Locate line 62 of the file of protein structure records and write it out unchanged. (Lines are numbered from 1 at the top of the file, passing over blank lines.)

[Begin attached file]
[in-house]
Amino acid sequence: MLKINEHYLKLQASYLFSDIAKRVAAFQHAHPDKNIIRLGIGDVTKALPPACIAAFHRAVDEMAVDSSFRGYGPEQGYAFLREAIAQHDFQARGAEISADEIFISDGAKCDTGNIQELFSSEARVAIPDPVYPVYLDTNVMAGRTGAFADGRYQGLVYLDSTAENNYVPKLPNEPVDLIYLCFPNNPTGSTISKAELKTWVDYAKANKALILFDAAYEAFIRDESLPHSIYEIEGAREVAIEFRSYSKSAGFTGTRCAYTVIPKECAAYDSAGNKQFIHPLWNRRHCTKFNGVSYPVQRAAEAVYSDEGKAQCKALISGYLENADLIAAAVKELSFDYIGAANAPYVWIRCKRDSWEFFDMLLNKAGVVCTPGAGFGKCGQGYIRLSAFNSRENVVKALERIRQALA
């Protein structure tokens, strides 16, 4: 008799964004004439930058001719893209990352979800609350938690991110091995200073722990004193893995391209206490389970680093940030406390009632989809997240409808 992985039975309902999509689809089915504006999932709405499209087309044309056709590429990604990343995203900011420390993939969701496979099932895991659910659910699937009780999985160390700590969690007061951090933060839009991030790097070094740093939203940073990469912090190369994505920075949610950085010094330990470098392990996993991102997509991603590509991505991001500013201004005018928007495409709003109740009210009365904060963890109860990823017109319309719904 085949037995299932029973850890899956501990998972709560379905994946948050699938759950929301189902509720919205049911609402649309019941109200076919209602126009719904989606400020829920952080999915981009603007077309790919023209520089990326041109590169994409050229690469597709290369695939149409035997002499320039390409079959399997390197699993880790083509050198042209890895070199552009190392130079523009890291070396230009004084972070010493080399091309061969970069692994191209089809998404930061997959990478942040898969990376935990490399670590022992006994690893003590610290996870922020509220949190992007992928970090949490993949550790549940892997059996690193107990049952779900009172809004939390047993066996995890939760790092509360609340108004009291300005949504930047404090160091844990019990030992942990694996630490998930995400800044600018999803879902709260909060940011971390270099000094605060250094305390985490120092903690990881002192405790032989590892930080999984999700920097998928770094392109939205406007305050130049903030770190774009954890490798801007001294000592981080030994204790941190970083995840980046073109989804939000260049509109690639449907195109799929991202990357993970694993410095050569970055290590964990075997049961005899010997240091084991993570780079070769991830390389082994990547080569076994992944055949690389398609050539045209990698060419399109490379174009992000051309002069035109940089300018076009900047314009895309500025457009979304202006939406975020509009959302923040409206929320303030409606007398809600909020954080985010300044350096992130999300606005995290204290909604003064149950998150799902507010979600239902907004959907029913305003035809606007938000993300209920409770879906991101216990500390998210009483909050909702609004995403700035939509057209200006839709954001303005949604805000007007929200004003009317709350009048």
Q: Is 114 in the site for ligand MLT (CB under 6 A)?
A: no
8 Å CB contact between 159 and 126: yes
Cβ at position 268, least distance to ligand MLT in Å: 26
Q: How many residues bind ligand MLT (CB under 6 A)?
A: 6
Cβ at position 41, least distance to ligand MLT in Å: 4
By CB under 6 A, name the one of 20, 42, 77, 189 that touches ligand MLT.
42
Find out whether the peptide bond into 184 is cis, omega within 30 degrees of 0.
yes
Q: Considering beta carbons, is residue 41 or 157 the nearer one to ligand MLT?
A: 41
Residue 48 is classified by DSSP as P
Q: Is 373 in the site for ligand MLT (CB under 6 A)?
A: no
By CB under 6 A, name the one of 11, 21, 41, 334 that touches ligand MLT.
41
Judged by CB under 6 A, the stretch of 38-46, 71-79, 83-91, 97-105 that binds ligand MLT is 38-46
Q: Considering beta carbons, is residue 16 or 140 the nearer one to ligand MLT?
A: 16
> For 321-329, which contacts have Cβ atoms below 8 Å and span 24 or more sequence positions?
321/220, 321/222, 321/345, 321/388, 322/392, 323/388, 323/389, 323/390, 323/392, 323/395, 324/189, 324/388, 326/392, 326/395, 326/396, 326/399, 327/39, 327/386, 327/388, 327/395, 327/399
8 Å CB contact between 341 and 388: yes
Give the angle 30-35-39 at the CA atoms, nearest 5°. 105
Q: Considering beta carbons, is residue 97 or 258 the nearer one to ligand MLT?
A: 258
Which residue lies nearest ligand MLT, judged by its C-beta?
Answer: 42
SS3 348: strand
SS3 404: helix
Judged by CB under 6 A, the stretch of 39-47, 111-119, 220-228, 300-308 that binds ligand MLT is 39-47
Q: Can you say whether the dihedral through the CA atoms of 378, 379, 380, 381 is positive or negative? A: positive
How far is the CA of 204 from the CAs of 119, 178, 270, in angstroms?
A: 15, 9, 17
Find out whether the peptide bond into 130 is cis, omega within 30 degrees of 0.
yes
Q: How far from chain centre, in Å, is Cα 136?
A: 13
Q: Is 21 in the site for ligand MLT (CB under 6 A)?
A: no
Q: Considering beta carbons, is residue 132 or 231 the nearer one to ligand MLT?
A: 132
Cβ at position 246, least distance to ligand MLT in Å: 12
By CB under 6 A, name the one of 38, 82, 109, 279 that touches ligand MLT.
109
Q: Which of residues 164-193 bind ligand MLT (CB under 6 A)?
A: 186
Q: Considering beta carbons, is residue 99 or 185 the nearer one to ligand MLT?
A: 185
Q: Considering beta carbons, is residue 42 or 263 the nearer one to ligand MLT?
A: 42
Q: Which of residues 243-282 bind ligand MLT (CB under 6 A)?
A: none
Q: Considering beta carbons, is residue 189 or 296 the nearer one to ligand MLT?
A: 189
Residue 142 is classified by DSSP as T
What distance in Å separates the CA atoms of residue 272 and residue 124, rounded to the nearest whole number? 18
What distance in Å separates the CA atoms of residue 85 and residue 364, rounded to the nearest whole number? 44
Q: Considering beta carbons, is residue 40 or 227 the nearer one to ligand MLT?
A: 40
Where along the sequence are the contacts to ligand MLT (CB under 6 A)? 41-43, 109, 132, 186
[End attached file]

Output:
What distance in Å separates the CA atoms of residue 85 and residue 364, rounded to the nearest whole number? 44